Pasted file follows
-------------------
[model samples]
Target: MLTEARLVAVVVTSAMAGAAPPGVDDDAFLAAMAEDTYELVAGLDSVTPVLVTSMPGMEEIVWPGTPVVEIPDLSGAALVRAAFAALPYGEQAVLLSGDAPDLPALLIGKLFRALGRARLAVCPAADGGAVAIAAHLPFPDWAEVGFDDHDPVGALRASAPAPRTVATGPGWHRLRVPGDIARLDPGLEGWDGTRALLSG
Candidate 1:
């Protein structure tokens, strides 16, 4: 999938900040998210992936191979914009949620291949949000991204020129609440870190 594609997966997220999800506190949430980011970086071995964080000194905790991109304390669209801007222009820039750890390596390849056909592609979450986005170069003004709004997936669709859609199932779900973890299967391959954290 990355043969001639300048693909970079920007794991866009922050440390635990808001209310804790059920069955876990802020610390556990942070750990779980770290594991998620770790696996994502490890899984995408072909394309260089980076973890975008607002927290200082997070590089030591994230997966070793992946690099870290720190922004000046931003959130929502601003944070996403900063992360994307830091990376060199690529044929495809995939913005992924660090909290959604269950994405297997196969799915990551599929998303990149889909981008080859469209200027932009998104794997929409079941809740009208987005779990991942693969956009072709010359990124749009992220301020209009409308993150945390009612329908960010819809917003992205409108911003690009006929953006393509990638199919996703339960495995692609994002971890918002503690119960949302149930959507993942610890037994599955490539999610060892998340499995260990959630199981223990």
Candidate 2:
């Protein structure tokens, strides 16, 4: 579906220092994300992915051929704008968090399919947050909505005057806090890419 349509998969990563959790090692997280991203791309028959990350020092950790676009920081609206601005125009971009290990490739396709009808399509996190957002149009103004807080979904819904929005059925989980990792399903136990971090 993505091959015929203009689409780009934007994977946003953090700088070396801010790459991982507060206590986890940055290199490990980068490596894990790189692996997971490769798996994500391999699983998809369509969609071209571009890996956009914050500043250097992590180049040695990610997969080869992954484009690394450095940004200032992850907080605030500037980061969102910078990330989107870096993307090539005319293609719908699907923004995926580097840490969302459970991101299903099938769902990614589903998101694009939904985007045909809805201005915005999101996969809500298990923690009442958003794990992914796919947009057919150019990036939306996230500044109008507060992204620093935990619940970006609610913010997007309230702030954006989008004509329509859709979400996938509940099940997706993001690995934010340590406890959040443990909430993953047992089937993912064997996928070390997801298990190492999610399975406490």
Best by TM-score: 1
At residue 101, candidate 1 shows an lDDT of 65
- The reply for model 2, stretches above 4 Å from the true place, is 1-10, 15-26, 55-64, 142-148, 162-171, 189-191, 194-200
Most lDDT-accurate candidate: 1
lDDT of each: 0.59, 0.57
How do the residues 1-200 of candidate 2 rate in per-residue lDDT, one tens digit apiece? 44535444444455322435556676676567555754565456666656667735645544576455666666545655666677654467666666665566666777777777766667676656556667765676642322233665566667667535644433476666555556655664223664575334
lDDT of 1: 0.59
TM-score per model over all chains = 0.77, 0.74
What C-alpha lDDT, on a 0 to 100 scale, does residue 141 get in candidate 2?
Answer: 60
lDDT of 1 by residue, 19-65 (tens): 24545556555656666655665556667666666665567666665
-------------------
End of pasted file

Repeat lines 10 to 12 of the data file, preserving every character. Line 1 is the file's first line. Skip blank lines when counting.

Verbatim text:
Most lDDT-accurate candidate: 1
lDDT of each: 0.59, 0.57
How do the residues 1-200 of candidate 2 rate in per-residue lDDT, one tens digit apiece? 44535444444455322435556676676567555754565456666656667735645544576455666666545655666677654467666666665566666777777777766667676656556667765676642322233665566667667535644433476666555556655664223664575334